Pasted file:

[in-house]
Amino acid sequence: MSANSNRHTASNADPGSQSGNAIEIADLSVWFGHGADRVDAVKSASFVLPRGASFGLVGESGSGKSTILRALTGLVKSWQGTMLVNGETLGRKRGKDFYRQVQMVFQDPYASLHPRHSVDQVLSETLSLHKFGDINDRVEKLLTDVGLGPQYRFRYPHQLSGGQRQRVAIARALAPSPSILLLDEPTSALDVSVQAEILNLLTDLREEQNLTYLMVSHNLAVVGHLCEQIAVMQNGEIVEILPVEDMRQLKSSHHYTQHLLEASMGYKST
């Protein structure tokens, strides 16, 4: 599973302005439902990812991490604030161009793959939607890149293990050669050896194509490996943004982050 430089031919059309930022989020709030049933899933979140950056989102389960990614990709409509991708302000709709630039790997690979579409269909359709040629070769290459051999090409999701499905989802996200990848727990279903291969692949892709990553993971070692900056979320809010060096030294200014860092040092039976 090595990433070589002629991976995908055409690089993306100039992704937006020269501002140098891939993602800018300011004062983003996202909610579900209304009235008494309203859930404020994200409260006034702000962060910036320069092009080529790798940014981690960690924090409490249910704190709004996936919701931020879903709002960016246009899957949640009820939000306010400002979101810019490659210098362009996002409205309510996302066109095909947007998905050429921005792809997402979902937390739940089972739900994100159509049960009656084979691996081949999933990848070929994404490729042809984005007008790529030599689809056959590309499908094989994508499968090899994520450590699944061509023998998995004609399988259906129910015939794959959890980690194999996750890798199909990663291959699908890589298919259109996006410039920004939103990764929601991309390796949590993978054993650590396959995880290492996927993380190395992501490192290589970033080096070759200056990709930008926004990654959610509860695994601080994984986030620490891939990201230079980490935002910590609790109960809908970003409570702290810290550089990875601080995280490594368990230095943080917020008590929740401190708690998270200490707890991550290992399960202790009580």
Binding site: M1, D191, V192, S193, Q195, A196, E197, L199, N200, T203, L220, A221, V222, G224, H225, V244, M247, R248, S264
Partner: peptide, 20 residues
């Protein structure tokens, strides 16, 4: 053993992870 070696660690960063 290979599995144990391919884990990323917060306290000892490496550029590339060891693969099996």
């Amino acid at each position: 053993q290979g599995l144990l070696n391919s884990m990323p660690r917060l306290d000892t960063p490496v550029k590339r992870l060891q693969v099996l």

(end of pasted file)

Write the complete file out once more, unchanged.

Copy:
[in-house]
Amino acid sequence: MSANSNRHTASNADPGSQSGNAIEIADLSVWFGHGADRVDAVKSASFVLPRGASFGLVGESGSGKSTILRALTGLVKSWQGTMLVNGETLGRKRGKDFYRQVQMVFQDPYASLHPRHSVDQVLSETLSLHKFGDINDRVEKLLTDVGLGPQYRFRYPHQLSGGQRQRVAIARALAPSPSILLLDEPTSALDVSVQAEILNLLTDLREEQNLTYLMVSHNLAVVGHLCEQIAVMQNGEIVEILPVEDMRQLKSSHHYTQHLLEASMGYKST
């Protein structure tokens, strides 16, 4: 599973302005439902990812991490604030161009793959939607890149293990050669050896194509490996943004982050 430089031919059309930022989020709030049933899933979140950056989102389960990614990709409509991708302000709709630039790997690979579409269909359709040629070769290459051999090409999701499905989802996200990848727990279903291969692949892709990553993971070692900056979320809010060096030294200014860092040092039976 090595990433070589002629991976995908055409690089993306100039992704937006020269501002140098891939993602800018300011004062983003996202909610579900209304009235008494309203859930404020994200409260006034702000962060910036320069092009080529790798940014981690960690924090409490249910704190709004996936919701931020879903709002960016246009899957949640009820939000306010400002979101810019490659210098362009996002409205309510996302066109095909947007998905050429921005792809997402979902937390739940089972739900994100159509049960009656084979691996081949999933990848070929994404490729042809984005007008790529030599689809056959590309499908094989994508499968090899994520450590699944061509023998998995004609399988259906129910015939794959959890980690194999996750890798199909990663291959699908890589298919259109996006410039920004939103990764929601991309390796949590993978054993650590396959995880290492996927993380190395992501490192290589970033080096070759200056990709930008926004990654959610509860695994601080994984986030620490891939990201230079980490935002910590609790109960809908970003409570702290810290550089990875601080995280490594368990230095943080917020008590929740401190708690998270200490707890991550290992399960202790009580």
Binding site: M1, D191, V192, S193, Q195, A196, E197, L199, N200, T203, L220, A221, V222, G224, H225, V244, M247, R248, S264
Partner: peptide, 20 residues
């Protein structure tokens, strides 16, 4: 053993992870 070696660690960063 290979599995144990391919884990990323917060306290000892490496550029590339060891693969099996």
């Amino acid at each position: 053993q290979g599995l144990l070696n391919s884990m990323p660690r917060l306290d000892t960063p490496v550029k590339r992870l060891q693969v099996l």